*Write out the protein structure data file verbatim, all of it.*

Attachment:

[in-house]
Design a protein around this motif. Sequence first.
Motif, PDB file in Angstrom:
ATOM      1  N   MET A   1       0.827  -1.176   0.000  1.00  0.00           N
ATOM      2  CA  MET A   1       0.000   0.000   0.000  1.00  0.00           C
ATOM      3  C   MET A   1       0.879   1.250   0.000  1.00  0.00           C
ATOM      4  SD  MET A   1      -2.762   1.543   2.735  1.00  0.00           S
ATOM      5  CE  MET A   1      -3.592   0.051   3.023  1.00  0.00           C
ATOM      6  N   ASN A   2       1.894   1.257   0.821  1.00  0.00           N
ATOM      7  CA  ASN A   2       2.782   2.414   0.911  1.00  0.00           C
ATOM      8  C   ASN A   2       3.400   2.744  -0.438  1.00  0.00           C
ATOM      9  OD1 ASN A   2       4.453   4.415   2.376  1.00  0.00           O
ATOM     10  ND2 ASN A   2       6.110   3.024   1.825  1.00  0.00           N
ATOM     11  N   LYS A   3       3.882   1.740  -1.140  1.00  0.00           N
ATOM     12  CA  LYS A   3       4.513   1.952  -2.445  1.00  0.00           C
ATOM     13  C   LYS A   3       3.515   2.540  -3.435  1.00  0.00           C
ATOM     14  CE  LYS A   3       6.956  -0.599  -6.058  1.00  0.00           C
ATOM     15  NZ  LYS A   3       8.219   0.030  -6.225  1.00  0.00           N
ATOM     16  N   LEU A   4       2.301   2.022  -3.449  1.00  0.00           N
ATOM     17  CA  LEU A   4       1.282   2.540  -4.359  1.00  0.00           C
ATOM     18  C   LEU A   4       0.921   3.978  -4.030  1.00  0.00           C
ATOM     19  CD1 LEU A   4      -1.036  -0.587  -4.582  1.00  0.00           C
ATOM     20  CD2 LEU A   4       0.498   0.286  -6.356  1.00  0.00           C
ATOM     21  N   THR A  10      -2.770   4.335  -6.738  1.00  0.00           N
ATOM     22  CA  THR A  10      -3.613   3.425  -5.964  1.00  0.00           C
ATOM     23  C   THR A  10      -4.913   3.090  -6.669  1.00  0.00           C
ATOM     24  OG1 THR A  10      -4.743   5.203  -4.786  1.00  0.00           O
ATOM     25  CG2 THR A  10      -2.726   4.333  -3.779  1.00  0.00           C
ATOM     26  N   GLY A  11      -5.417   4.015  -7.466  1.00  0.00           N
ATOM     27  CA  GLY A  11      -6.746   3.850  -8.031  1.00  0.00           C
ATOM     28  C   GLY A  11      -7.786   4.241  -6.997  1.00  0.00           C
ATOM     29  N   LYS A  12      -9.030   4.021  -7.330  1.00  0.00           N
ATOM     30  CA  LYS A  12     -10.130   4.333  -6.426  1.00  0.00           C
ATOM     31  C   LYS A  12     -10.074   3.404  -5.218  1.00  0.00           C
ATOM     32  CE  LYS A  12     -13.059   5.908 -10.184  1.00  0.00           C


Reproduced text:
[in-house]
Design a protein around this motif. Sequence first.
Motif, PDB file in Angstrom:
ATOM      1  N   MET A   1       0.827  -1.176   0.000  1.00  0.00           N
ATOM      2  CA  MET A   1       0.000   0.000   0.000  1.00  0.00           C
ATOM      3  C   MET A   1       0.879   1.250   0.000  1.00  0.00           C
ATOM      4  SD  MET A   1      -2.762   1.543   2.735  1.00  0.00           S
ATOM      5  CE  MET A   1      -3.592   0.051   3.023  1.00  0.00           C
ATOM      6  N   ASN A   2       1.894   1.257   0.821  1.00  0.00           N
ATOM      7  CA  ASN A   2       2.782   2.414   0.911  1.00  0.00           C
ATOM      8  C   ASN A   2       3.400   2.744  -0.438  1.00  0.00           C
ATOM      9  OD1 ASN A   2       4.453   4.415   2.376  1.00  0.00           O
ATOM     10  ND2 ASN A   2       6.110   3.024   1.825  1.00  0.00           N
ATOM     11  N   LYS A   3       3.882   1.740  -1.140  1.00  0.00           N
ATOM     12  CA  LYS A   3       4.513   1.952  -2.445  1.00  0.00           C
ATOM     13  C   LYS A   3       3.515   2.540  -3.435  1.00  0.00           C
ATOM     14  CE  LYS A   3       6.956  -0.599  -6.058  1.00  0.00           C
ATOM     15  NZ  LYS A   3       8.219   0.030  -6.225  1.00  0.00           N
ATOM     16  N   LEU A   4       2.301   2.022  -3.449  1.00  0.00           N
ATOM     17  CA  LEU A   4       1.282   2.540  -4.359  1.00  0.00           C
ATOM     18  C   LEU A   4       0.921   3.978  -4.030  1.00  0.00           C
ATOM     19  CD1 LEU A   4      -1.036  -0.587  -4.582  1.00  0.00           C
ATOM     20  CD2 LEU A   4       0.498   0.286  -6.356  1.00  0.00           C
ATOM     21  N   THR A  10      -2.770   4.335  -6.738  1.00  0.00           N
ATOM     22  CA  THR A  10      -3.613   3.425  -5.964  1.00  0.00           C
ATOM     23  C   THR A  10      -4.913   3.090  -6.669  1.00  0.00           C
ATOM     24  OG1 THR A  10      -4.743   5.203  -4.786  1.00  0.00           O
ATOM     25  CG2 THR A  10      -2.726   4.333  -3.779  1.00  0.00           C
ATOM     26  N   GLY A  11      -5.417   4.015  -7.466  1.00  0.00           N
ATOM     27  CA  GLY A  11      -6.746   3.850  -8.031  1.00  0.00           C
ATOM     28  C   GLY A  11      -7.786   4.241  -6.997  1.00  0.00           C
ATOM     29  N   LYS A  12      -9.030   4.021  -7.330  1.00  0.00           N
ATOM     30  CA  LYS A  12     -10.130   4.333  -6.426  1.00  0.00           C
ATOM     31  C   LYS A  12     -10.074   3.404  -5.218  1.00  0.00           C
ATOM     32  CE  LYS A  12     -13.059   5.908 -10.184  1.00  0.00           C